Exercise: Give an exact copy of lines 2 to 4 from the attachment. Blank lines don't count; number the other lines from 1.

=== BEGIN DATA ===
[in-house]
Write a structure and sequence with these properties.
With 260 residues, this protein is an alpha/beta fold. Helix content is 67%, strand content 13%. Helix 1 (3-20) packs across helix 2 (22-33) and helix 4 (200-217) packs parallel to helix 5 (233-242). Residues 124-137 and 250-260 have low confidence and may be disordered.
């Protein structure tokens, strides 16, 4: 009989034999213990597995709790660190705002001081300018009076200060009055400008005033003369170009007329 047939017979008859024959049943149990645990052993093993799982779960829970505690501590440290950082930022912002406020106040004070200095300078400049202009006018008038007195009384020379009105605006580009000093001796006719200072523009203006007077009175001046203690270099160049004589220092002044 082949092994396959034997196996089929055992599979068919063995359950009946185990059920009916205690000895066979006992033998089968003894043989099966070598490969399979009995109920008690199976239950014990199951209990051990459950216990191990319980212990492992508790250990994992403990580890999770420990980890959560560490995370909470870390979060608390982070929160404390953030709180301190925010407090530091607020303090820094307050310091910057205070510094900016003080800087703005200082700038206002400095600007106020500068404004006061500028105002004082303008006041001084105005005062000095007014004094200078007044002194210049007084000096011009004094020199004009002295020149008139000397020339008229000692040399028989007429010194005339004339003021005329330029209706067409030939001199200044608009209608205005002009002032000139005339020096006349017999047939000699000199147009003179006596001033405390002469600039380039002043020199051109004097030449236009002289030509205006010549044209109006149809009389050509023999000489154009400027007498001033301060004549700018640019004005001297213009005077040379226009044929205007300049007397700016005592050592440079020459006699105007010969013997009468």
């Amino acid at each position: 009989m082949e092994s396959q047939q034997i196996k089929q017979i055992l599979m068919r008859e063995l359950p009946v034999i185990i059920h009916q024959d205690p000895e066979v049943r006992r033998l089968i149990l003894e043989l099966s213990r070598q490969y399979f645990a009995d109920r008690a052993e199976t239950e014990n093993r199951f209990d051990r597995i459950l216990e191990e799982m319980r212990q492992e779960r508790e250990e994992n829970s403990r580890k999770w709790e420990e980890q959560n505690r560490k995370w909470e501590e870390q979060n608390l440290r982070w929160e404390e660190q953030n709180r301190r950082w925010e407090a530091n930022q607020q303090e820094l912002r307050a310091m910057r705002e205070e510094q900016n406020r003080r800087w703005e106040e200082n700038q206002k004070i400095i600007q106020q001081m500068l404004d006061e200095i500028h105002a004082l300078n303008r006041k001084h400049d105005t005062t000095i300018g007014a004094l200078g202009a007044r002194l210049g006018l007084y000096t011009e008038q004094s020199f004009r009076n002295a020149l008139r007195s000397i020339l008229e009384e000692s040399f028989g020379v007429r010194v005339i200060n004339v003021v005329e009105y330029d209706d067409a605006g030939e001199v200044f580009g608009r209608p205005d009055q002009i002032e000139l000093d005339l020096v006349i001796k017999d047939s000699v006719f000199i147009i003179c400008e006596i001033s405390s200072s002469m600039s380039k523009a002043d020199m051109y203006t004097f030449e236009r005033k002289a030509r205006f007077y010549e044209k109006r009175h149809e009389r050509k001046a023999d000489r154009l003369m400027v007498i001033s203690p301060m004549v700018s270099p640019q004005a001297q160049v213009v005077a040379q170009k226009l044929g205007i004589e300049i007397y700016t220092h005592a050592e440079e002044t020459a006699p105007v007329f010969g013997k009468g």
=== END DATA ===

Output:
Write a structure and sequence with these properties.
With 260 residues, this protein is an alpha/beta fold. Helix content is 67%, strand content 13%. Helix 1 (3-20) packs across helix 2 (22-33) and helix 4 (200-217) packs parallel to helix 5 (233-242). Residues 124-137 and 250-260 have low confidence and may be disordered.
């Protein structure tokens, strides 16, 4: 009989034999213990597995709790660190705002001081300018009076200060009055400008005033003369170009007329 047939017979008859024959049943149990645990052993093993799982779960829970505690501590440290950082930022912002406020106040004070200095300078400049202009006018008038007195009384020379009105605006580009000093001796006719200072523009203006007077009175001046203690270099160049004589220092002044 082949092994396959034997196996089929055992599979068919063995359950009946185990059920009916205690000895066979006992033998089968003894043989099966070598490969399979009995109920008690199976239950014990199951209990051990459950216990191990319980212990492992508790250990994992403990580890999770420990980890959560560490995370909470870390979060608390982070929160404390953030709180301190925010407090530091607020303090820094307050310091910057205070510094900016003080800087703005200082700038206002400095600007106020500068404004006061500028105002004082303008006041001084105005005062000095007014004094200078007044002194210049007084000096011009004094020199004009002295020149008139000397020339008229000692040399028989007429010194005339004339003021005329330029209706067409030939001199200044608009209608205005002009002032000139005339020096006349017999047939000699000199147009003179006596001033405390002469600039380039002043020199051109004097030449236009002289030509205006010549044209109006149809009389050509023999000489154009400027007498001033301060004549700018640019004005001297213009005077040379226009044929205007300049007397700016005592050592440079020459006699105007010969013997009468």